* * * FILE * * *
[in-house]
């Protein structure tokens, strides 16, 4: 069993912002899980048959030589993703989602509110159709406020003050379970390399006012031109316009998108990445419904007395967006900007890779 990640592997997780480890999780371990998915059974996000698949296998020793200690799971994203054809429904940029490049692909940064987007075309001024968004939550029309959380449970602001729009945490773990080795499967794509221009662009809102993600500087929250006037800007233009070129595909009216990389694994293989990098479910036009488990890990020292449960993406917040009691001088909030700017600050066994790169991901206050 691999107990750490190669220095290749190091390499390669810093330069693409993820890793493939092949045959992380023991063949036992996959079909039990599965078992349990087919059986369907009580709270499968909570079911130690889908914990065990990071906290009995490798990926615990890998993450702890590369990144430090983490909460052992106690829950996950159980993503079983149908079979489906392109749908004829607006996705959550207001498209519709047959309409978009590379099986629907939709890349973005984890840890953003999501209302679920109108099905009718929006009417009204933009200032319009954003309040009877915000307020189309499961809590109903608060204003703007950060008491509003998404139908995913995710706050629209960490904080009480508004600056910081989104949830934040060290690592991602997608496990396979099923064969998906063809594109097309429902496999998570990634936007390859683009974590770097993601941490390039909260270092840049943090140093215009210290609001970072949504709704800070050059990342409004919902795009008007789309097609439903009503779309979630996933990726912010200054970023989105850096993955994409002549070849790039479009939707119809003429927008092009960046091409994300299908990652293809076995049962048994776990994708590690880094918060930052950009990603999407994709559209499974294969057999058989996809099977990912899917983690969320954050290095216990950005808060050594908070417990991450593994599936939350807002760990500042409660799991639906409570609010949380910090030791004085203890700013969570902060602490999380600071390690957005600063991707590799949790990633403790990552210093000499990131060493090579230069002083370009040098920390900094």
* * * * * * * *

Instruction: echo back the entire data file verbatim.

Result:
[in-house]
């Protein structure tokens, strides 16, 4: 069993912002899980048959030589993703989602509110159709406020003050379970390399006012031109316009998108990445419904007395967006900007890779 990640592997997780480890999780371990998915059974996000698949296998020793200690799971994203054809429904940029490049692909940064987007075309001024968004939550029309959380449970602001729009945490773990080795499967794509221009662009809102993600500087929250006037800007233009070129595909009216990389694994293989990098479910036009488990890990020292449960993406917040009691001088909030700017600050066994790169991901206050 691999107990750490190669220095290749190091390499390669810093330069693409993820890793493939092949045959992380023991063949036992996959079909039990599965078992349990087919059986369907009580709270499968909570079911130690889908914990065990990071906290009995490798990926615990890998993450702890590369990144430090983490909460052992106690829950996950159980993503079983149908079979489906392109749908004829607006996705959550207001498209519709047959309409978009590379099986629907939709890349973005984890840890953003999501209302679920109108099905009718929006009417009204933009200032319009954003309040009877915000307020189309499961809590109903608060204003703007950060008491509003998404139908995913995710706050629209960490904080009480508004600056910081989104949830934040060290690592991602997608496990396979099923064969998906063809594109097309429902496999998570990634936007390859683009974590770097993601941490390039909260270092840049943090140093215009210290609001970072949504709704800070050059990342409004919902795009008007789309097609439903009503779309979630996933990726912010200054970023989105850096993955994409002549070849790039479009939707119809003429927008092009960046091409994300299908990652293809076995049962048994776990994708590690880094918060930052950009990603999407994709559209499974294969057999058989996809099977990912899917983690969320954050290095216990950005808060050594908070417990991450593994599936939350807002760990500042409660799991639906409570609010949380910090030791004085203890700013969570902060602490999380600071390690957005600063991707590799949790990633403790990552210093000499990131060493090579230069002083370009040098920390900094």